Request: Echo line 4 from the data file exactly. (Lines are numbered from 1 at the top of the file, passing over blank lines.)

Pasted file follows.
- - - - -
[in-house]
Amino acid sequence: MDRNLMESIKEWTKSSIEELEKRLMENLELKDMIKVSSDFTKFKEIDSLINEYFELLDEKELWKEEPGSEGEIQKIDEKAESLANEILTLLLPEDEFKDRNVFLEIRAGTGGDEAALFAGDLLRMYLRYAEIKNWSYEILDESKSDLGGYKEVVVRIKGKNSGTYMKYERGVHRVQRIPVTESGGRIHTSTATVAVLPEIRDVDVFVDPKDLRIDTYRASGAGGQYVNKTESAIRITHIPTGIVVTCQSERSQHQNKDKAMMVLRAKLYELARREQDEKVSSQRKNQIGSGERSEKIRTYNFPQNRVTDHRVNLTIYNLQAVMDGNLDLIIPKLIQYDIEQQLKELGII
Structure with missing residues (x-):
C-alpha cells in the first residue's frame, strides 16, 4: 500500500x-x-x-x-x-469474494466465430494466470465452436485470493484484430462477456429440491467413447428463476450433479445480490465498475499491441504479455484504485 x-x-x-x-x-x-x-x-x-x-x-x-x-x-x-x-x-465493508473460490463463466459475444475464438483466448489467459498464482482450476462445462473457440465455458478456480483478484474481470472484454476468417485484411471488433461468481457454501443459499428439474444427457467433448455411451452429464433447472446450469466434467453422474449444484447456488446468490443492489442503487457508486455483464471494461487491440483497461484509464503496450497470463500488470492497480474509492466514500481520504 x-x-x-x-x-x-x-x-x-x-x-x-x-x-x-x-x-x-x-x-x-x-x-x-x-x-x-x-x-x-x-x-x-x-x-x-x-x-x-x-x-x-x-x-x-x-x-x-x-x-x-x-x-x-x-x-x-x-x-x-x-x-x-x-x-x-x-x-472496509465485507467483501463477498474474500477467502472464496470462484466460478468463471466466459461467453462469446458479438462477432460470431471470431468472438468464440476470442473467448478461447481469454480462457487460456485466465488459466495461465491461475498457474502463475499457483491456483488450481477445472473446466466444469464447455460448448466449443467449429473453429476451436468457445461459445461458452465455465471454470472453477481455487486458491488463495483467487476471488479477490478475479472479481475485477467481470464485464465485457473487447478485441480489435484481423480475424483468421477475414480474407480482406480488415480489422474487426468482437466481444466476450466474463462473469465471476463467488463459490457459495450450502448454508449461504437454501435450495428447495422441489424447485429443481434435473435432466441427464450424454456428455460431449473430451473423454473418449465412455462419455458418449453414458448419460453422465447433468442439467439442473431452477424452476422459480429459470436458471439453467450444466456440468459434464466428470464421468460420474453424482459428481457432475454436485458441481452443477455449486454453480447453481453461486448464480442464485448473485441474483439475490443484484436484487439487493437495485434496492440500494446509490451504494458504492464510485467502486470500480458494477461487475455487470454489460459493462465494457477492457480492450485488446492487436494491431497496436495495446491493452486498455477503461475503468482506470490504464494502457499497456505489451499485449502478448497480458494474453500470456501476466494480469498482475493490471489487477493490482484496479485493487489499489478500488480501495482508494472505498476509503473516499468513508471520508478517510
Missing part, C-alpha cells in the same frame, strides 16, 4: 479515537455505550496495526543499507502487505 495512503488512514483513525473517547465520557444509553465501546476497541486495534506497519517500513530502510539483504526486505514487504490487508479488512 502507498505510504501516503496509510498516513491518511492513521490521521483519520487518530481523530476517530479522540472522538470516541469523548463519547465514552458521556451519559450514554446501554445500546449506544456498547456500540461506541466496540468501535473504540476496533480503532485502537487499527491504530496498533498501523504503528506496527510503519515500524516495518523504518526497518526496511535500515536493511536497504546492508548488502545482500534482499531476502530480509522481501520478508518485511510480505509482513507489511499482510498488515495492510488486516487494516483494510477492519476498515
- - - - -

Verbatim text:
C-alpha cells in the first residue's frame, strides 16, 4: 500500500x-x-x-x-x-469474494466465430494466470465452436485470493484484430462477456429440491467413447428463476450433479445480490465498475499491441504479455484504485 x-x-x-x-x-x-x-x-x-x-x-x-x-x-x-x-x-465493508473460490463463466459475444475464438483466448489467459498464482482450476462445462473457440465455458478456480483478484474481470472484454476468417485484411471488433461468481457454501443459499428439474444427457467433448455411451452429464433447472446450469466434467453422474449444484447456488446468490443492489442503487457508486455483464471494461487491440483497461484509464503496450497470463500488470492497480474509492466514500481520504 x-x-x-x-x-x-x-x-x-x-x-x-x-x-x-x-x-x-x-x-x-x-x-x-x-x-x-x-x-x-x-x-x-x-x-x-x-x-x-x-x-x-x-x-x-x-x-x-x-x-x-x-x-x-x-x-x-x-x-x-x-x-x-x-x-x-x-x-472496509465485507467483501463477498474474500477467502472464496470462484466460478468463471466466459461467453462469446458479438462477432460470431471470431468472438468464440476470442473467448478461447481469454480462457487460456485466465488459466495461465491461475498457474502463475499457483491456483488450481477445472473446466466444469464447455460448448466449443467449429473453429476451436468457445461459445461458452465455465471454470472453477481455487486458491488463495483467487476471488479477490478475479472479481475485477467481470464485464465485457473487447478485441480489435484481423480475424483468421477475414480474407480482406480488415480489422474487426468482437466481444466476450466474463462473469465471476463467488463459490457459495450450502448454508449461504437454501435450495428447495422441489424447485429443481434435473435432466441427464450424454456428455460431449473430451473423454473418449465412455462419455458418449453414458448419460453422465447433468442439467439442473431452477424452476422459480429459470436458471439453467450444466456440468459434464466428470464421468460420474453424482459428481457432475454436485458441481452443477455449486454453480447453481453461486448464480442464485448473485441474483439475490443484484436484487439487493437495485434496492440500494446509490451504494458504492464510485467502486470500480458494477461487475455487470454489460459493462465494457477492457480492450485488446492487436494491431497496436495495446491493452486498455477503461475503468482506470490504464494502457499497456505489451499485449502478448497480458494474453500470456501476466494480469498482475493490471489487477493490482484496479485493487489499489478500488480501495482508494472505498476509503473516499468513508471520508478517510